The result? Extra-oily skin (yup, even if your skin looks matte and dry; your pores produce oil from within, and too much too quickly can clog the pore before it reaches the surface). So while the A/C is kicking your oil production into overdrive, the heat wave is cranking out the sweat and the humidity is mixing it all together and sticking it to your skin.


Adopt an electricity-free life—maybe move to a remote shack on the beaches of Bali? Just kidding. There’s not much you can do when A/C is virtually everywhere in the summer, except try to redirect the air from blowing on your face as much as possible. If you’re traveling, push the air vents in your car away from your face or twist the airplane’s vent above your seat closed. And try adding a portable humidifier (the Hey Dewy Portable Facial Humidifier is honestly great) to your life—keep it on your desk, in the cupholder in your car, wherever. That bit of moisture can help offset some of the A/C’s drying effects.

You’re going crazy trying to fix your zits.

So you got a few zits (and then a few more), and you went bat-shit nuclear on your skin, trying to fix it fast. I get it—the panic is realBut changing up your entire routine, or even adding one new acne-fighting formula, can break the space-time continuum/your face.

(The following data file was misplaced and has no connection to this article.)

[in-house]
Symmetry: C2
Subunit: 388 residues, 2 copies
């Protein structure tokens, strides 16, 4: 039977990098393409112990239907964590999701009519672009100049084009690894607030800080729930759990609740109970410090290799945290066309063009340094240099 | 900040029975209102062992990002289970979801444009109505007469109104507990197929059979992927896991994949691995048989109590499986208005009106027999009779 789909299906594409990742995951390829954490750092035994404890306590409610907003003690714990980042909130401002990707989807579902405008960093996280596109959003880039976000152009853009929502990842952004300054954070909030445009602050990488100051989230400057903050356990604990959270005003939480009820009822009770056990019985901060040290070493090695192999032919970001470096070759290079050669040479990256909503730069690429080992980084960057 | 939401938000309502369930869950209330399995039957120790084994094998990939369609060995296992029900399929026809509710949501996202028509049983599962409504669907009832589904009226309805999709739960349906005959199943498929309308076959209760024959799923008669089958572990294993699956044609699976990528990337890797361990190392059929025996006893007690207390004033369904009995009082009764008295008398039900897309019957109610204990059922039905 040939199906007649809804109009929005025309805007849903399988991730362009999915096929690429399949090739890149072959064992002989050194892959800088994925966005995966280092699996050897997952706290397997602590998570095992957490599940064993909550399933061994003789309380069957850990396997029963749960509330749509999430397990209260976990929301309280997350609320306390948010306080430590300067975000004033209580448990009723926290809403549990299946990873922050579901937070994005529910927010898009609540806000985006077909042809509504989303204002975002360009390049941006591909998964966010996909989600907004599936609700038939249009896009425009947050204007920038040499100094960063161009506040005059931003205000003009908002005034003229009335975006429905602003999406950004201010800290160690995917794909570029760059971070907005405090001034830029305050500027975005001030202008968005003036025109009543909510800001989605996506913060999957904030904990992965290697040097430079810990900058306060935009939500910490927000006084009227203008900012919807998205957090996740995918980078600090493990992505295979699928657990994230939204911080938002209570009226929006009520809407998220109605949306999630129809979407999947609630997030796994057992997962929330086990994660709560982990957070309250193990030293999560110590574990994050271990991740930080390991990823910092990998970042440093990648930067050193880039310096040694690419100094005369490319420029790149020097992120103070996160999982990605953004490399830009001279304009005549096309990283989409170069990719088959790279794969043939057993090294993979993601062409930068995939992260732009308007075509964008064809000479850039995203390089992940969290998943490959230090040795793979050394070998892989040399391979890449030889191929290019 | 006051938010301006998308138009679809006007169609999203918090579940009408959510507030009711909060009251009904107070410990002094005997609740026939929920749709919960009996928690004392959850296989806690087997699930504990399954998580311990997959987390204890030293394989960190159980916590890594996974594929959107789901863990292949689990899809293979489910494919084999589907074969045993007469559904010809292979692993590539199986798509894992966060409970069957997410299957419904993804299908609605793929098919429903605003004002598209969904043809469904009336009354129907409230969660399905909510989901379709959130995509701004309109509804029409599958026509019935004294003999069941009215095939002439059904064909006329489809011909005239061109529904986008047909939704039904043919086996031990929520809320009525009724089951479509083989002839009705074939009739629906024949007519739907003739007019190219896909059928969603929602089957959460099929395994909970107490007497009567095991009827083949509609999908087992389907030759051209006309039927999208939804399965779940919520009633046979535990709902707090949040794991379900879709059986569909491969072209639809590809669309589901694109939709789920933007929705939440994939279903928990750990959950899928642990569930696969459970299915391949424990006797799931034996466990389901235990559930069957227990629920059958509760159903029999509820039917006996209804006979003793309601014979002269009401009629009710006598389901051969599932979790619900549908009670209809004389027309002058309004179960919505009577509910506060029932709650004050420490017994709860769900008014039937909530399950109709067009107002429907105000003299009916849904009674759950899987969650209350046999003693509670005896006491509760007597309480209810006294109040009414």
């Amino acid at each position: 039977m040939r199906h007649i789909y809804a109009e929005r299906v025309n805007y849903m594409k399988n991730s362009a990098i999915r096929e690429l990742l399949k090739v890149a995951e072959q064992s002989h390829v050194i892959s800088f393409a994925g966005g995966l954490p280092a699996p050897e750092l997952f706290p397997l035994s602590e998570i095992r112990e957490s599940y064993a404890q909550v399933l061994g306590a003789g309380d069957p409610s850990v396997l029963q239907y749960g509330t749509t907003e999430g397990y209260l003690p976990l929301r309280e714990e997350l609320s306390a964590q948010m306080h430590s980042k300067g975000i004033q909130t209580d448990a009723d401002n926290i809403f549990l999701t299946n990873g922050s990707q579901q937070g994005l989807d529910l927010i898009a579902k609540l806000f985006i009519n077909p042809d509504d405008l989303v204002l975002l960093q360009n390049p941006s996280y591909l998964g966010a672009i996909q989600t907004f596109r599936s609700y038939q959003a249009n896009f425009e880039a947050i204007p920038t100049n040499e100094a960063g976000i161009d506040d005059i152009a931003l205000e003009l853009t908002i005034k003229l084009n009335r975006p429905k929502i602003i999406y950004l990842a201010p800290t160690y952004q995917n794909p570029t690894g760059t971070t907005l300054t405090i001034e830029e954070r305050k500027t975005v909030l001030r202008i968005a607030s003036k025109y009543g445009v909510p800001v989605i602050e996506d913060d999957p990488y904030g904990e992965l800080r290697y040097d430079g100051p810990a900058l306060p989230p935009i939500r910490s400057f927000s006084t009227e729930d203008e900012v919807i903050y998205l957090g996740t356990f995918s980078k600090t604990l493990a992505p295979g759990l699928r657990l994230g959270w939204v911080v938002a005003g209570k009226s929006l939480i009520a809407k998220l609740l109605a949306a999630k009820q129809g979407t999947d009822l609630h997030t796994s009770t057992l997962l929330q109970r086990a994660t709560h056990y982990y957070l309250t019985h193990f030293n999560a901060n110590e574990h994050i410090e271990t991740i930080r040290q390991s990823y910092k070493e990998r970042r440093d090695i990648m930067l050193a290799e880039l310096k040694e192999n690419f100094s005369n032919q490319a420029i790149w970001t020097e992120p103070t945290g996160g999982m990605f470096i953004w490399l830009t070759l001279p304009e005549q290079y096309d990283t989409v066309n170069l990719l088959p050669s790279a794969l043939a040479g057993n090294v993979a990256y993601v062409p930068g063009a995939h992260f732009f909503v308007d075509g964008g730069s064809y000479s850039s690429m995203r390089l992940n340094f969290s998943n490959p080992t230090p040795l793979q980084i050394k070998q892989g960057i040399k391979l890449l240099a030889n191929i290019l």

“When people break out, they start reaching for more heavy-duty, acid-filled formulas, over-exfoliating their face, loading on the retinol and spot treatments, and basically flip to the extremes in the course of a week or a few days,” says Dr. Gohara. “And all that change creates a disruption in your skin’s equilibrium, causing it to freak out, dry out, and break out.” Think of your skin like a temperamental toddler—change its nap schedule and, IDK, dump some salicylic acid on it, and it’s going to be very pissed.

Also, if you do what I did—which was slather an acne-fighting serum all over my T-zone in a ~genius~ attempt at preventing more breakouts—you could inadvertently be causing the worst freaking breakout of your life: purging. “Purging is definitely a real thing,” says Dr. Gohara. “It’s when skin-resurfacing products, like retinoids and acids, bring your future zits to the surface of your skin all at once.”

It isn’t a surefire thing (you’re more likely to purge if you’re already acne prone or if you’re using a way stronger formula than usual), but it’s something to be aware of and ideally avoid. I knew all these things and yet I, the local idiot, still forged ahead, slapping acids on my face and waking up to whiteheads 48 hours later.